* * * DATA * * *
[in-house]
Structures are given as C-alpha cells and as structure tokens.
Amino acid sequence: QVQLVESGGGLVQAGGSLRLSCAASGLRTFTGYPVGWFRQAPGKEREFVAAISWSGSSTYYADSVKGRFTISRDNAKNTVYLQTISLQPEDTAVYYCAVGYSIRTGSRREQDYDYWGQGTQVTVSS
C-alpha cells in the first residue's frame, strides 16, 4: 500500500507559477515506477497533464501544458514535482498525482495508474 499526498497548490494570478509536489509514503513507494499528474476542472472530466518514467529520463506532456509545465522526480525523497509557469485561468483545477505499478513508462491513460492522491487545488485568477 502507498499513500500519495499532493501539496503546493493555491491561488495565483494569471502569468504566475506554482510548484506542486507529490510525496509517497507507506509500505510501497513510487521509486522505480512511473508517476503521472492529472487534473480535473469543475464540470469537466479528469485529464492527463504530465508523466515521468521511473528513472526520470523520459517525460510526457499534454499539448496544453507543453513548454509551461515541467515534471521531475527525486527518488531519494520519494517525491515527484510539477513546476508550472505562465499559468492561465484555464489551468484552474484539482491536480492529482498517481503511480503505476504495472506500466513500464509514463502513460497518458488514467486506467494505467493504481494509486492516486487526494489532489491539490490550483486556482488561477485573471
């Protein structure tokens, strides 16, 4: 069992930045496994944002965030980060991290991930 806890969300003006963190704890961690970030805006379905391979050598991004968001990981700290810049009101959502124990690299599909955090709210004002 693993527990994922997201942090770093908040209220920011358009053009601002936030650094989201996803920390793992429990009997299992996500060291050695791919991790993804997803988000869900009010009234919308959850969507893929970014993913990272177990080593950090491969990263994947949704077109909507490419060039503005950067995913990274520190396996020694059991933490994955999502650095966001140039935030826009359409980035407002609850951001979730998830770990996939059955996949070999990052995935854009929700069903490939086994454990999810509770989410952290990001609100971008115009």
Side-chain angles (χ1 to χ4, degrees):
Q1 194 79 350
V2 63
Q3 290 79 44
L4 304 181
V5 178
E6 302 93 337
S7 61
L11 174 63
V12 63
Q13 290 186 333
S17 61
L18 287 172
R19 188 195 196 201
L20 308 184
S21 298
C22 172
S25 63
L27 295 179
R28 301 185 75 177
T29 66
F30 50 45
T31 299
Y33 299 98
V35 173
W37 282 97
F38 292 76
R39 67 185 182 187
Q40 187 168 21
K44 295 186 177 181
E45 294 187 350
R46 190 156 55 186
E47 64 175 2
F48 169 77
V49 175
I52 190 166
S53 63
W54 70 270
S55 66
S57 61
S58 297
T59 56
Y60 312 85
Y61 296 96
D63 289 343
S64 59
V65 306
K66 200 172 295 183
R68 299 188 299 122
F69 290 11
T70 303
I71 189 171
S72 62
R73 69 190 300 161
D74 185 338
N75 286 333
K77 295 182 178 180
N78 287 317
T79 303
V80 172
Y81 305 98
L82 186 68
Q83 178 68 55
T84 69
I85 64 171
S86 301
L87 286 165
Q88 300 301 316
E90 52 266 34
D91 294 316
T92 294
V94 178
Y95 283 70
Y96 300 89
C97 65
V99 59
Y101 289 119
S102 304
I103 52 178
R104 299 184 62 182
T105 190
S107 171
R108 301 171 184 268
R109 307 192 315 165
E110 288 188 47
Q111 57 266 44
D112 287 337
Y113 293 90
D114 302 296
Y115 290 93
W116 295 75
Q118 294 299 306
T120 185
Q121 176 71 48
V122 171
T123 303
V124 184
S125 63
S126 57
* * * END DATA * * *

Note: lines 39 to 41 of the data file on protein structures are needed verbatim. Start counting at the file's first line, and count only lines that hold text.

F48 169 77
V49 175
I52 190 166